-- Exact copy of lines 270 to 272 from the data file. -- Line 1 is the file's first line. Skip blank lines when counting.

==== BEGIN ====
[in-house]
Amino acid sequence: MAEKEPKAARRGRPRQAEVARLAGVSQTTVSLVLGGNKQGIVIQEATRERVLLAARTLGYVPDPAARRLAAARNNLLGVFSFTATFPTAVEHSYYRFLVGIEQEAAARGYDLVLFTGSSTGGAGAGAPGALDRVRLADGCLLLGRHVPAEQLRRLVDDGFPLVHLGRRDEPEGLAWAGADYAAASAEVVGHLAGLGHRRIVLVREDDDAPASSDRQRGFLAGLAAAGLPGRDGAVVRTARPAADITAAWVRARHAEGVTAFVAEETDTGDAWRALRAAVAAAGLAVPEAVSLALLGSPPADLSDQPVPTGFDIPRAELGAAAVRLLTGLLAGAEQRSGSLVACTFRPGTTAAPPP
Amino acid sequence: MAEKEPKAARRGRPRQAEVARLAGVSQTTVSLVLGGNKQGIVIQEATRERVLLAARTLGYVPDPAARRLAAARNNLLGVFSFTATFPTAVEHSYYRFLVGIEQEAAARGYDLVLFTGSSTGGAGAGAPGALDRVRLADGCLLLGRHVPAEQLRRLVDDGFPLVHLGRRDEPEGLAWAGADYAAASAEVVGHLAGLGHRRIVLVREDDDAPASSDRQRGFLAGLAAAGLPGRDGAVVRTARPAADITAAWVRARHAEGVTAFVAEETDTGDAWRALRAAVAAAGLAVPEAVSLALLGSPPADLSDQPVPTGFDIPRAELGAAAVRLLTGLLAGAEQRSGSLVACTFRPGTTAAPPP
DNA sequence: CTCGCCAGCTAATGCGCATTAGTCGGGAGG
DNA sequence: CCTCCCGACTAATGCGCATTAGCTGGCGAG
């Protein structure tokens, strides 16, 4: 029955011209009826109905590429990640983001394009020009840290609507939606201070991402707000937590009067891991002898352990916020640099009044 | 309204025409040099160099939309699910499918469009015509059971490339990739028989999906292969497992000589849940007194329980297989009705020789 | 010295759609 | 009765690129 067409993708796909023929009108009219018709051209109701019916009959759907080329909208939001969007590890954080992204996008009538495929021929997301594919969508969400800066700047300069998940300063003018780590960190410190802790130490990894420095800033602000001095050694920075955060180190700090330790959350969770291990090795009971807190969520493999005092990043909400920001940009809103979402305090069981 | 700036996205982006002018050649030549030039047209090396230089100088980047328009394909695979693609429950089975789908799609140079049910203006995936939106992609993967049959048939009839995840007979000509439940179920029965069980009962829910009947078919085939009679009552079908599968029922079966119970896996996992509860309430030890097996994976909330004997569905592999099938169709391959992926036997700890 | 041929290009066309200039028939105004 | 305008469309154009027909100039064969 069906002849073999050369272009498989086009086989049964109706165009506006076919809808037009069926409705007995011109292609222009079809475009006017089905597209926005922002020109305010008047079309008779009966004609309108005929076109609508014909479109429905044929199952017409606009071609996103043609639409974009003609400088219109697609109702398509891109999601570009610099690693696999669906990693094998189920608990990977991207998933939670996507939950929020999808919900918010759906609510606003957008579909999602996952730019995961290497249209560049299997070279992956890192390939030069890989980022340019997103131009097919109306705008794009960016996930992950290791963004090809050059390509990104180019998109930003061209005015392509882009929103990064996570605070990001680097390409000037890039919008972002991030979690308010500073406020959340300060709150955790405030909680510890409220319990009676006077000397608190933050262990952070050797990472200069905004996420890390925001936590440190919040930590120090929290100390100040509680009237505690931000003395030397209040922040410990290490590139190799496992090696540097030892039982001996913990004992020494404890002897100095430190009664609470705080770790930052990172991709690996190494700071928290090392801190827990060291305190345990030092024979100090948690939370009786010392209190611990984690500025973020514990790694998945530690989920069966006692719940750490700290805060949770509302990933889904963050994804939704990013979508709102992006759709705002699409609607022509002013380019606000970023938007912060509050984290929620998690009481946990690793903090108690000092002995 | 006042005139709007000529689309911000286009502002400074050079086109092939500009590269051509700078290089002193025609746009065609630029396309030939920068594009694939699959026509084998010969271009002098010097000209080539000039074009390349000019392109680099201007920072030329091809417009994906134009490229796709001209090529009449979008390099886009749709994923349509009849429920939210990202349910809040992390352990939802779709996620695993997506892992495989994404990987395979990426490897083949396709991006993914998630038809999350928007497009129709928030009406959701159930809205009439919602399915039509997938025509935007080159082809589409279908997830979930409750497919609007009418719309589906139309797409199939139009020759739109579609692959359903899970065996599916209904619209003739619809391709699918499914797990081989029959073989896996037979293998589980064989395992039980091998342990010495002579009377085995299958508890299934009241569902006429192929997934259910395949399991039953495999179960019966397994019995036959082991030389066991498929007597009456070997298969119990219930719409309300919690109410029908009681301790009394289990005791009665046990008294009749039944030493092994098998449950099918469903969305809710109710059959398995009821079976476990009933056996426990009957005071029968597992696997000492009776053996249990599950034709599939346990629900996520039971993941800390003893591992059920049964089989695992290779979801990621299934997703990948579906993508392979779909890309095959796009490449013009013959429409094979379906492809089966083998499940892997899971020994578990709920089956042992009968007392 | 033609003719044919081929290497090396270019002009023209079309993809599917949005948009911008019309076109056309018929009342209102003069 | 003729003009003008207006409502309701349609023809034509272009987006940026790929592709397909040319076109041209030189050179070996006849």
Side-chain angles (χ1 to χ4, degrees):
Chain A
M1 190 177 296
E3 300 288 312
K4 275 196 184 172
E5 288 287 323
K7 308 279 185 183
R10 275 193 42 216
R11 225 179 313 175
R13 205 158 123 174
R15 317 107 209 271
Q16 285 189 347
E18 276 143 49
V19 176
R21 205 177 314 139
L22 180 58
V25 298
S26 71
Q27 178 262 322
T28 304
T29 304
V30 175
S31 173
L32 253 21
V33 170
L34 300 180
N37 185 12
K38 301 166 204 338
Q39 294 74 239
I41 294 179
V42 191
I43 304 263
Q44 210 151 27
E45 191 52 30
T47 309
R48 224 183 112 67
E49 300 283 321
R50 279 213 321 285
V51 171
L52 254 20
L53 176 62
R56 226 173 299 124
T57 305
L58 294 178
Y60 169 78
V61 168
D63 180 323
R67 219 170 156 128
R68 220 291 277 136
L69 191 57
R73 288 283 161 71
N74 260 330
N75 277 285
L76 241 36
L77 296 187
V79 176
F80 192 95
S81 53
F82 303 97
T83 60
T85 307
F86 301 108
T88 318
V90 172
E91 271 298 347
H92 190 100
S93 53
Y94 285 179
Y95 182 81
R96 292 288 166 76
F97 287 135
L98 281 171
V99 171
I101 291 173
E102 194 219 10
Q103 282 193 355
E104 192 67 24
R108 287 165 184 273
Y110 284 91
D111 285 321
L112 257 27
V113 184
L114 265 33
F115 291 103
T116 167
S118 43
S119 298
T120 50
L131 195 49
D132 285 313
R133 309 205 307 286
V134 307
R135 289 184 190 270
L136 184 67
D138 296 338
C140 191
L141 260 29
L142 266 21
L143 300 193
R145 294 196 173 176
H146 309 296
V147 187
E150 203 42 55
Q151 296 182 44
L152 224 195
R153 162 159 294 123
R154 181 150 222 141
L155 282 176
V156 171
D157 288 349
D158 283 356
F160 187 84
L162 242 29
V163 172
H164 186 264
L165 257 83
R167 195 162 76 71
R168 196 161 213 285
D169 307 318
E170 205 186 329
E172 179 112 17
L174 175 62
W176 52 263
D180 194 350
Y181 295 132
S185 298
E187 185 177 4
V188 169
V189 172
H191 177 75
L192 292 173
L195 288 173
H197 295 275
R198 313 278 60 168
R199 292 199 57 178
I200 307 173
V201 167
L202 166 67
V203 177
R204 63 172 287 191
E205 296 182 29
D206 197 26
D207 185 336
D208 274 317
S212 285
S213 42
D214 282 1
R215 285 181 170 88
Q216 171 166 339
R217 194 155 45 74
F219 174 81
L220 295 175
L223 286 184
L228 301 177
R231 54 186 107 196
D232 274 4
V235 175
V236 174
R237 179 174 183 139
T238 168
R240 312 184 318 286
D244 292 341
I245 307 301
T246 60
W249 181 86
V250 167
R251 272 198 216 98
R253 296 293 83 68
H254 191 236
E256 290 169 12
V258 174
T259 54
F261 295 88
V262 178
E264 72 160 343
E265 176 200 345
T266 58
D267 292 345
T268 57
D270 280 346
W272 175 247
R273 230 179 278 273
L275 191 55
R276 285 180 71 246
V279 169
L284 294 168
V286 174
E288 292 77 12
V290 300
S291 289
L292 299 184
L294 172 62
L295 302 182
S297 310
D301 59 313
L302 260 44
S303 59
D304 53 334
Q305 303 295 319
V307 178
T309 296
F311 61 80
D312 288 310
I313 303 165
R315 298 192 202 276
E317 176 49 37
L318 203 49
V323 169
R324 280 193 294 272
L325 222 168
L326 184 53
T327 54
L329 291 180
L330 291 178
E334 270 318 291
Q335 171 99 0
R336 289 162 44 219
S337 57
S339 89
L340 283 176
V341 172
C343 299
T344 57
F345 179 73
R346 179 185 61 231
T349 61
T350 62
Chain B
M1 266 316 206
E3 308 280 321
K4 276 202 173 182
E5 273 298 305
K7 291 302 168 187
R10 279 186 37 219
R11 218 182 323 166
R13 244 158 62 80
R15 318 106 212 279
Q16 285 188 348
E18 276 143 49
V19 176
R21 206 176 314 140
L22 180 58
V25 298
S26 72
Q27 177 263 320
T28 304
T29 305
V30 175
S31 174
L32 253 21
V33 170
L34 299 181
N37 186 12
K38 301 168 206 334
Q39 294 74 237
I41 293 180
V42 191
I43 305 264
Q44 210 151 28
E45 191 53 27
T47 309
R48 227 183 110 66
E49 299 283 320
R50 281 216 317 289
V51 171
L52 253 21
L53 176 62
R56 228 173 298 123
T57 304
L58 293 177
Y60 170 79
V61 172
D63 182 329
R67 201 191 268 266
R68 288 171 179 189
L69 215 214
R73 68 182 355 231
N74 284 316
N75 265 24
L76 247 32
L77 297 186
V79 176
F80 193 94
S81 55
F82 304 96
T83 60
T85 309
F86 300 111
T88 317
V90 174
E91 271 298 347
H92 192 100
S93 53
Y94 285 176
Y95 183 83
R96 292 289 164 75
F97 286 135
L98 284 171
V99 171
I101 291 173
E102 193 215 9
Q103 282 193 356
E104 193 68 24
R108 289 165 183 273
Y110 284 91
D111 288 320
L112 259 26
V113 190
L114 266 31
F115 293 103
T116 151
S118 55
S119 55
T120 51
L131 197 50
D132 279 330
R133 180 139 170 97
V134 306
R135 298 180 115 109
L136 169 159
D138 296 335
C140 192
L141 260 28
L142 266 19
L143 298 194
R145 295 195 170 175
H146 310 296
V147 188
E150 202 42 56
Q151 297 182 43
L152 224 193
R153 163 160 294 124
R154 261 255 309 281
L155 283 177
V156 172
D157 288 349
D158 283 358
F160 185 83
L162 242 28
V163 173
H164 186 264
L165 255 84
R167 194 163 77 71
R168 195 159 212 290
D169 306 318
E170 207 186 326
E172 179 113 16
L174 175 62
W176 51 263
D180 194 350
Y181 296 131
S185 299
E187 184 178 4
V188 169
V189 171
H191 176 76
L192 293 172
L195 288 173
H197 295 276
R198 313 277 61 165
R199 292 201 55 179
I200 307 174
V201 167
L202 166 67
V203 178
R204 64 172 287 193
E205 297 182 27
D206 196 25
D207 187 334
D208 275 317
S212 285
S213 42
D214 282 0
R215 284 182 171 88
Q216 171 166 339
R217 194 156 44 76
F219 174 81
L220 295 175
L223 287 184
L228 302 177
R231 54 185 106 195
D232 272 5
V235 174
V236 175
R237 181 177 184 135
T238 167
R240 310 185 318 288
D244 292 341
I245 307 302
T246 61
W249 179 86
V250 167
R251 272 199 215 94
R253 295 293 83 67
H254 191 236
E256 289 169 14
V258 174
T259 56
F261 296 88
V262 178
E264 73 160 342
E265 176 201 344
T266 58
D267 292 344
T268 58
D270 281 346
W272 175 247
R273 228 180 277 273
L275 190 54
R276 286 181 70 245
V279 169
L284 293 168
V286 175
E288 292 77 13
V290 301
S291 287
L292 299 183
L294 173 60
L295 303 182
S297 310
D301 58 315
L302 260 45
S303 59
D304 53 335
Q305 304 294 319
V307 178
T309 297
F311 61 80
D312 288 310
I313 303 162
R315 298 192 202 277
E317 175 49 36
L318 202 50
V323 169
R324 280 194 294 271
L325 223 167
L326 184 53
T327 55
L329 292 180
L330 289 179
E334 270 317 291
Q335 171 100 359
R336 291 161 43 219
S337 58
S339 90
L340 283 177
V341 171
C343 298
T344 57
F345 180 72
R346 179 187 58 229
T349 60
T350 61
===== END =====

R50 281 216 317 289
V51 171
L52 253 21